Internet of Things Moves From Hype to Huge Potential Value

With over 10 billion interconnected smart devices, the Internet of Things is rapidly moving from hype to reality. Over the next ten years, the number of interconnected smart devices is expected to explode to tens of billions, and continue an upward trajectory for decades to come. What does this mean in terms of economic value of the IoT? With the seemingly limitless potential of monetizing interconnected devices, McKinsey & Co. tackled that topic, made more complex since the Internet of Things is still in its nascent stages. Continue reading Internet of Things Moves From Hype to Huge Potential Value

Lack of Competition Means Higher Broadband Prices in the U.S.

Internet users in the U.S. pay more for broadband and have fewer choices than Europeans. According to findings from the Center for Public Integrity, Americans pay 3.5 times the amount that French people do for Internet access, for example, and most U.S. residents can only choose from two Internet providers. That’s because broadband companies carve out their own territories to offer service. Cable providers do the same thing, but Internet TV may finally force them to compete. Continue reading Lack of Competition Means Higher Broadband Prices in the U.S.

Apple Rolls Outs HealthKit Pilot Program at Leading Hospitals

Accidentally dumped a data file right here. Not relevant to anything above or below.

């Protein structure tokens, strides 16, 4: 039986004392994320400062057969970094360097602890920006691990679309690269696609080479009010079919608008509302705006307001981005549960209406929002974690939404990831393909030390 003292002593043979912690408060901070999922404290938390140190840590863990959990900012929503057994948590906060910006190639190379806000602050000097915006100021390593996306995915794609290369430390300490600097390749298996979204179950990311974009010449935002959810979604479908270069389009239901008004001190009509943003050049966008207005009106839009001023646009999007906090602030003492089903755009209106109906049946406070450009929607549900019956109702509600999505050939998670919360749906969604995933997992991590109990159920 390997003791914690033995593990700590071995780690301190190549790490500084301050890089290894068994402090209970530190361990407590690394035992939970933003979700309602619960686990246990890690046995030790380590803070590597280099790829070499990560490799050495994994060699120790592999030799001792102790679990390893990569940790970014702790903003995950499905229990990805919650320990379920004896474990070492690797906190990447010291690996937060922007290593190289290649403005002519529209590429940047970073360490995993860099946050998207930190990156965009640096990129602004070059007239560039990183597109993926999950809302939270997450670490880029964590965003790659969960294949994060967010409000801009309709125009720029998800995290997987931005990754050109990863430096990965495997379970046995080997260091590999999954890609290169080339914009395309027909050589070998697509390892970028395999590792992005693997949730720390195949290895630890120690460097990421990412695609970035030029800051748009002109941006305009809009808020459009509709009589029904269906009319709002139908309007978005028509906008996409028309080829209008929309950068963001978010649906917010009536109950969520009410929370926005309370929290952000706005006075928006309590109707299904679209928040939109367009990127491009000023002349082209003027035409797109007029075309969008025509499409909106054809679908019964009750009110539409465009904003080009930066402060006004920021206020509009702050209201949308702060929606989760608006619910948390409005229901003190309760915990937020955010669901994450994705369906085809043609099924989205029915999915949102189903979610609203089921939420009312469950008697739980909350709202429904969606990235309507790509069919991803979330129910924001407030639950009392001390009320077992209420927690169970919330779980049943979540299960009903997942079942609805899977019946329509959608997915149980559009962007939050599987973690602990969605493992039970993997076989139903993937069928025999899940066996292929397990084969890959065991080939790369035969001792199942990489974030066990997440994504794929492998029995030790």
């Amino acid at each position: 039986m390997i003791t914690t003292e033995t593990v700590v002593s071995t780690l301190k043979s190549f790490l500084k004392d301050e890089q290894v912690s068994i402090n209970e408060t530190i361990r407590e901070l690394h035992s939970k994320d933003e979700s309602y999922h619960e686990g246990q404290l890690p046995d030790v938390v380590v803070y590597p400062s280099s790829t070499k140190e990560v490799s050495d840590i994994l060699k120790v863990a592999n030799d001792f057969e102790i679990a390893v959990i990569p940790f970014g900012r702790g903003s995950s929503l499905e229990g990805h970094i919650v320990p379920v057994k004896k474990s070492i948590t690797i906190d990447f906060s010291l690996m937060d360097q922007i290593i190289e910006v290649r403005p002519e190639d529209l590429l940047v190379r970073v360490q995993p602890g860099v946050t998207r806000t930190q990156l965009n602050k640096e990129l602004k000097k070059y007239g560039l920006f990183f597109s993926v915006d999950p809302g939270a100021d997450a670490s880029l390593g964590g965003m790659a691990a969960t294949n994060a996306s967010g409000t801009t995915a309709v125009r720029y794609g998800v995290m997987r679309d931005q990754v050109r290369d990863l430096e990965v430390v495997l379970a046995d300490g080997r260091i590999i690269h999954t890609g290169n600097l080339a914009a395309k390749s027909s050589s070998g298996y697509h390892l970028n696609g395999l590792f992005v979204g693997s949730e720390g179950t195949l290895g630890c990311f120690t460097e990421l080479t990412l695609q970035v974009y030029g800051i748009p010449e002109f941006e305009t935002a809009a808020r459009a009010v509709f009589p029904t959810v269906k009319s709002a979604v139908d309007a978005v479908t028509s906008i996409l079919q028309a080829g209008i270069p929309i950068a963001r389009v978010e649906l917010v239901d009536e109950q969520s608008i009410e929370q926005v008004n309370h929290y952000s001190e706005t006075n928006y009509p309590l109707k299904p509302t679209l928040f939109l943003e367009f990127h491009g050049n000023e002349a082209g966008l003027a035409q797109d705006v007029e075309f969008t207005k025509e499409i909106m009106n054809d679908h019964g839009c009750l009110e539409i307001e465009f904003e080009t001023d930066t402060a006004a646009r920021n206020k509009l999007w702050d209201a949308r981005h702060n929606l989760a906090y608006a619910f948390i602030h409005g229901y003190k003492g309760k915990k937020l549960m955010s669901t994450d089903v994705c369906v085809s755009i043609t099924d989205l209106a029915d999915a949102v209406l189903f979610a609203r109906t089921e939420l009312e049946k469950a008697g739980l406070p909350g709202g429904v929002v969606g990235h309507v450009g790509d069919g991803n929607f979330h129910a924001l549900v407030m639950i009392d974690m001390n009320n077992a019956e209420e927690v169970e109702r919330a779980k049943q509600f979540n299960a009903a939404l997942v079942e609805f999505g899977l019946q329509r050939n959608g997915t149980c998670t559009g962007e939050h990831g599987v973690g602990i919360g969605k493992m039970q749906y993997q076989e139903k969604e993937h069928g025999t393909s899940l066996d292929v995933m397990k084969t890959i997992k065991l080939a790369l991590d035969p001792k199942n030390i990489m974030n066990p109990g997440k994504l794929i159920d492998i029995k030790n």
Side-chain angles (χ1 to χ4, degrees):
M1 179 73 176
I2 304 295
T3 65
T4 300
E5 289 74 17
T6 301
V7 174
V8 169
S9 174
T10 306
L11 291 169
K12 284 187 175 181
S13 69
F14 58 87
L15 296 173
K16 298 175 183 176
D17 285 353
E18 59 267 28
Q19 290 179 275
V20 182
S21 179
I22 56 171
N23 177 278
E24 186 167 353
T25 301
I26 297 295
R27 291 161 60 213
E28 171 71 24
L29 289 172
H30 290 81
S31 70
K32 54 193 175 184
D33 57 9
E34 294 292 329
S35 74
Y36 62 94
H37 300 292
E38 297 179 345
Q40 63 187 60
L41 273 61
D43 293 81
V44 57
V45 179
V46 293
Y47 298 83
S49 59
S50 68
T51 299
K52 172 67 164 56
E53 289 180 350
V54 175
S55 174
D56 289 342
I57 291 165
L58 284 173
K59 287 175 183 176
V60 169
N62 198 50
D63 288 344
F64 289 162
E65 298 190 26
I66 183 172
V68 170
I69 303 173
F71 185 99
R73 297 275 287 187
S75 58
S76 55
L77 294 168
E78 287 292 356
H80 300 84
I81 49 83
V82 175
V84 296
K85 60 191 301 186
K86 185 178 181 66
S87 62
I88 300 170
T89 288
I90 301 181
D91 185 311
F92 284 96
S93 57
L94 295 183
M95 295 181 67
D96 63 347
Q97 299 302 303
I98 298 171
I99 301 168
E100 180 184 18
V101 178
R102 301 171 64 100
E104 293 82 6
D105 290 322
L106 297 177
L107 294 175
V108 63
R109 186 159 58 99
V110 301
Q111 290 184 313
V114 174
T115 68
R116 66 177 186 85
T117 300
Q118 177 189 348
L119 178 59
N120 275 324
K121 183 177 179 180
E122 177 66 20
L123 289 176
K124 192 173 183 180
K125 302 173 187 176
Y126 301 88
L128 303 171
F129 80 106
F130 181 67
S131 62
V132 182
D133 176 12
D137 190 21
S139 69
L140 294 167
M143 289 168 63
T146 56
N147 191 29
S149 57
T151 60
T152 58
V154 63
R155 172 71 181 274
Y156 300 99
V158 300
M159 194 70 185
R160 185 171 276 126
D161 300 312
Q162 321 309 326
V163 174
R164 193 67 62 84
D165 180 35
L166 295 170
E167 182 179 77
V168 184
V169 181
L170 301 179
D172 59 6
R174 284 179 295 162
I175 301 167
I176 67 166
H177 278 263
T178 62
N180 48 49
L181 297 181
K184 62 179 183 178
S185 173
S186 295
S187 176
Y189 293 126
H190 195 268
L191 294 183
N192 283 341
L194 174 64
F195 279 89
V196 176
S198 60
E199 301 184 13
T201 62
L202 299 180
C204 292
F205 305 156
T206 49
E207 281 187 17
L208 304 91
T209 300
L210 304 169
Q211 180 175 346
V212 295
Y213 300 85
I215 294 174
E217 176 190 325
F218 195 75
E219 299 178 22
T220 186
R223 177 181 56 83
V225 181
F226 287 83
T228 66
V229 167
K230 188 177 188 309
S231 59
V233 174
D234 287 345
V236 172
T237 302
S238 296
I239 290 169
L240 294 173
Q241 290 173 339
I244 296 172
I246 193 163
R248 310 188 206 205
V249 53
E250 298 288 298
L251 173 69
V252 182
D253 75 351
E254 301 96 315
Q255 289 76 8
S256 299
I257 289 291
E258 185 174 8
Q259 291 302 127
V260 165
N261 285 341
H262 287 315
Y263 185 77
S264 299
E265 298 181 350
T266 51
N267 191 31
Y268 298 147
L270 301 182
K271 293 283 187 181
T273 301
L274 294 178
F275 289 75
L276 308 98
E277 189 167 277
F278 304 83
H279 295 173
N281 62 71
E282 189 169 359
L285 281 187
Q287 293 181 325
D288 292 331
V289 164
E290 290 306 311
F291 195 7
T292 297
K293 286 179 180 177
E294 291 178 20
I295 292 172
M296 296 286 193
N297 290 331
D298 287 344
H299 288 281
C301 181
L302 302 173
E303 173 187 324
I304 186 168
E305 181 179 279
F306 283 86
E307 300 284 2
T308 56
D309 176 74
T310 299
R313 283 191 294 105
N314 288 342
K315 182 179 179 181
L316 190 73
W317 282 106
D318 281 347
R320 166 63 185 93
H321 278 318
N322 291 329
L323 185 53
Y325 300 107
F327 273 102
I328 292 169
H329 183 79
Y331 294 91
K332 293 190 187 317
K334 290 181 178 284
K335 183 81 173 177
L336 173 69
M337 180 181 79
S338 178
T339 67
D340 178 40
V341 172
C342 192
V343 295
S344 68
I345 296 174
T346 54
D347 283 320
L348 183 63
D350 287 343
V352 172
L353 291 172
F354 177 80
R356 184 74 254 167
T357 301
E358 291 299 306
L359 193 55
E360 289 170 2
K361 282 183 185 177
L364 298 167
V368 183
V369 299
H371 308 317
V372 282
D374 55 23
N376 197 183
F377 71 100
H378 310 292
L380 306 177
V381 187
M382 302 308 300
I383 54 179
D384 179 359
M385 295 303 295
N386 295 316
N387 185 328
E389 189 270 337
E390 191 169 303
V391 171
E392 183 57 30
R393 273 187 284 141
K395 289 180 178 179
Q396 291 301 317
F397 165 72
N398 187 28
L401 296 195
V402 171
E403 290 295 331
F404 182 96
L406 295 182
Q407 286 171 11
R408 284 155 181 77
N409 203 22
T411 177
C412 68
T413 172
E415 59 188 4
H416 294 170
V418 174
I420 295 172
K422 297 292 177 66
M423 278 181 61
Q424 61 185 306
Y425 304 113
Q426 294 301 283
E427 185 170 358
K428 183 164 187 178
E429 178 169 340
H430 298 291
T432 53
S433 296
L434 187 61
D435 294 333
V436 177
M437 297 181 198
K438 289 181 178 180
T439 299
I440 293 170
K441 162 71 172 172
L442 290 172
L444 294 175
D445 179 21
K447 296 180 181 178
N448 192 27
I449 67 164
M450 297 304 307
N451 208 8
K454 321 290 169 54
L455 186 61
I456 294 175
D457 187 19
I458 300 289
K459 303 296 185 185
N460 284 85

Apple has launched a pilot program for its HealthKit service with some of the nation’s top hospitals and medical facilities. The service is designed to help physicians better monitor their patients through the use of health-recorded data such as blood pressure, heart rate, weight, and exercise habits. Doctors can access the data from an iPhone or iPad and use it to detect and address early medical problems. Meanwhile, Samsung and Google have also introduced health services of their own. Continue reading Apple Rolls Outs HealthKit Pilot Program at Leading Hospitals

Gartner Report Says 3D Printing Not Quite Ready for the Home

Gartner analysts estimate that 3D printing our own food, gifts, shoes and other products is at least five to 10 years away. In a report released earlier this week, Gartner suggested that the 3D printing of product models is two years away from its peak usage, while mainstream adoption of 3D printing for medical applications is about two to five years away. Although the technology is advancing and printers are coming down in price, the concept is not quite ready for everyday use in the home. Continue reading Gartner Report Says 3D Printing Not Quite Ready for the Home

Liquid Hard Drives Capable of Storing One Terabyte of Data

Researchers at the University of Michigan and New York University have been successful in storing data in a liquid containing suspended clusters of nanoparticles. These 12-particle clusters can reconfigure, similar to the way a Rubik’s Cube can, to represent up to eight million unique states. In a tablespoon of the nanoparticle clusters, the liquid can reportedly store up to one terabyte of data. Liquid hard drives could possibly be used in medicine, law enforcement and other fields. Continue reading Liquid Hard Drives Capable of Storing One Terabyte of Data